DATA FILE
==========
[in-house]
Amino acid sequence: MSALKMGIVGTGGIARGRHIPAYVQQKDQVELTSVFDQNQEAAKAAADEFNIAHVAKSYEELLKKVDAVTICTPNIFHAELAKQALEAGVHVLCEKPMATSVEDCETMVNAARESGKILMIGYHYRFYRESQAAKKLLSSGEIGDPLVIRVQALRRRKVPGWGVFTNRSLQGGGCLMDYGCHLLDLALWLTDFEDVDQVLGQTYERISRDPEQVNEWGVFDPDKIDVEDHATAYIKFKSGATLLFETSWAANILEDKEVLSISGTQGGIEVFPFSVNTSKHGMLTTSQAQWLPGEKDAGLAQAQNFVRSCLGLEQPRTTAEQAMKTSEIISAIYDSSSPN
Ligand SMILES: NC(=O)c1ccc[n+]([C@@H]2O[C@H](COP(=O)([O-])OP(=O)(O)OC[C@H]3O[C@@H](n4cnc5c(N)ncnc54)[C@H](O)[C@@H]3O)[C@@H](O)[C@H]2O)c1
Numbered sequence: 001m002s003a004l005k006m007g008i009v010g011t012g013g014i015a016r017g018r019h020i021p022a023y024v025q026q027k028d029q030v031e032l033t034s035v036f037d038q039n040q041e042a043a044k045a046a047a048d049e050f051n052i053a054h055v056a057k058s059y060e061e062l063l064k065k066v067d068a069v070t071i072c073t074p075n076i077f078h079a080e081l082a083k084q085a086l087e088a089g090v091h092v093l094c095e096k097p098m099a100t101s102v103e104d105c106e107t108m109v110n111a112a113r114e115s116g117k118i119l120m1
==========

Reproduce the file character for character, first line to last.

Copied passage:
[in-house]
Amino acid sequence: MSALKMGIVGTGGIARGRHIPAYVQQKDQVELTSVFDQNQEAAKAAADEFNIAHVAKSYEELLKKVDAVTICTPNIFHAELAKQALEAGVHVLCEKPMATSVEDCETMVNAARESGKILMIGYHYRFYRESQAAKKLLSSGEIGDPLVIRVQALRRRKVPGWGVFTNRSLQGGGCLMDYGCHLLDLALWLTDFEDVDQVLGQTYERISRDPEQVNEWGVFDPDKIDVEDHATAYIKFKSGATLLFETSWAANILEDKEVLSISGTQGGIEVFPFSVNTSKHGMLTTSQAQWLPGEKDAGLAQAQNFVRSCLGLEQPRTTAEQAMKTSEIISAIYDSSSPN
Ligand SMILES: NC(=O)c1ccc[n+]([C@@H]2O[C@H](COP(=O)([O-])OP(=O)(O)OC[C@H]3O[C@@H](n4cnc5c(N)ncnc54)[C@H](O)[C@@H]3O)[C@@H](O)[C@H]2O)c1
Numbered sequence: 001m002s003a004l005k006m007g008i009v010g011t012g013g014i015a016r017g018r019h020i021p022a023y024v025q026q027k028d029q030v031e032l033t034s035v036f037d038q039n040q041e042a043a044k045a046a047a048d049e050f051n052i053a054h055v056a057k058s059y060e061e062l063l064k065k066v067d068a069v070t071i072c073t074p075n076i077f078h079a080e081l082a083k084q085a086l087e088a089g090v091h092v093l094c095e096k097p098m099a100t101s102v103e104d105c106e107t108m109v110n111a112a113r114e115s116g117k118i119l120m1